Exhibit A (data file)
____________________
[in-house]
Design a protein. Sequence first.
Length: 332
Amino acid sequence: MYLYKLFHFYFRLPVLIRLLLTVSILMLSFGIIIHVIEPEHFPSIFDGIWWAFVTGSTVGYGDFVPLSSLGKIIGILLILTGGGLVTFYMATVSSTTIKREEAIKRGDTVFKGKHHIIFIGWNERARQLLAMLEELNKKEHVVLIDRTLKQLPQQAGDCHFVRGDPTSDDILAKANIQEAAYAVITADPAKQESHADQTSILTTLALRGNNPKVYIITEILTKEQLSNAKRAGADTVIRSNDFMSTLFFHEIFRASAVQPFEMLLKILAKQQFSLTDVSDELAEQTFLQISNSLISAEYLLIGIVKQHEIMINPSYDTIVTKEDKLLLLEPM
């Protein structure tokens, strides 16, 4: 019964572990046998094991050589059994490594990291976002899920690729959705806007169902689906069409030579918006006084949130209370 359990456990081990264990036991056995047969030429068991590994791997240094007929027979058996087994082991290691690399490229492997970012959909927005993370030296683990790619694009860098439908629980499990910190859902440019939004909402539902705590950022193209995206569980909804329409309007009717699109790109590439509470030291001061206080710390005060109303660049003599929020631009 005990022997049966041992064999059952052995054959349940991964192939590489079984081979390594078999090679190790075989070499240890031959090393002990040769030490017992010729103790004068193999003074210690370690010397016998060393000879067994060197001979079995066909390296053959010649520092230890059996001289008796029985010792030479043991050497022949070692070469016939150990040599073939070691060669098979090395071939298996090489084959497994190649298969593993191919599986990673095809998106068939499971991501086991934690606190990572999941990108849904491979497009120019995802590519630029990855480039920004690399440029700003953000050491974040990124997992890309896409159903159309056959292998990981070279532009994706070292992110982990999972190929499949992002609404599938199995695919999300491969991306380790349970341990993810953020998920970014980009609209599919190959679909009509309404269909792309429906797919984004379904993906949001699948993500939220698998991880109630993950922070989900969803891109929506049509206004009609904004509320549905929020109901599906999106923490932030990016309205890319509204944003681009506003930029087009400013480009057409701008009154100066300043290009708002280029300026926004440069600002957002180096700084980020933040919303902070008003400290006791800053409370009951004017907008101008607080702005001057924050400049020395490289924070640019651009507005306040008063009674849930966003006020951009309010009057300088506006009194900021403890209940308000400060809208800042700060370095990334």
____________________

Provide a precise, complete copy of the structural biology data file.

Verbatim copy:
[in-house]
Design a protein. Sequence first.
Length: 332
Amino acid sequence: MYLYKLFHFYFRLPVLIRLLLTVSILMLSFGIIIHVIEPEHFPSIFDGIWWAFVTGSTVGYGDFVPLSSLGKIIGILLILTGGGLVTFYMATVSSTTIKREEAIKRGDTVFKGKHHIIFIGWNERARQLLAMLEELNKKEHVVLIDRTLKQLPQQAGDCHFVRGDPTSDDILAKANIQEAAYAVITADPAKQESHADQTSILTTLALRGNNPKVYIITEILTKEQLSNAKRAGADTVIRSNDFMSTLFFHEIFRASAVQPFEMLLKILAKQQFSLTDVSDELAEQTFLQISNSLISAEYLLIGIVKQHEIMINPSYDTIVTKEDKLLLLEPM
């Protein structure tokens, strides 16, 4: 019964572990046998094991050589059994490594990291976002899920690729959705806007169902689906069409030579918006006084949130209370 359990456990081990264990036991056995047969030429068991590994791997240094007929027979058996087994082991290691690399490229492997970012959909927005993370030296683990790619694009860098439908629980499990910190859902440019939004909402539902705590950022193209995206569980909804329409309007009717699109790109590439509470030291001061206080710390005060109303660049003599929020631009 005990022997049966041992064999059952052995054959349940991964192939590489079984081979390594078999090679190790075989070499240890031959090393002990040769030490017992010729103790004068193999003074210690370690010397016998060393000879067994060197001979079995066909390296053959010649520092230890059996001289008796029985010792030479043991050497022949070692070469016939150990040599073939070691060669098979090395071939298996090489084959497994190649298969593993191919599986990673095809998106068939499971991501086991934690606190990572999941990108849904491979497009120019995802590519630029990855480039920004690399440029700003953000050491974040990124997992890309896409159903159309056959292998990981070279532009994706070292992110982990999972190929499949992002609404599938199995695919999300491969991306380790349970341990993810953020998920970014980009609209599919190959679909009509309404269909792309429906797919984004379904993906949001699948993500939220698998991880109630993950922070989900969803891109929506049509206004009609904004509320549905929020109901599906999106923490932030990016309205890319509204944003681009506003930029087009400013480009057409701008009154100066300043290009708002280029300026926004440069600002957002180096700084980020933040919303902070008003400290006791800053409370009951004017907008101008607080702005001057924050400049020395490289924070640019651009507005306040008063009674849930966003006020951009309010009057300088506006009194900021403890209940308000400060809208800042700060370095990334």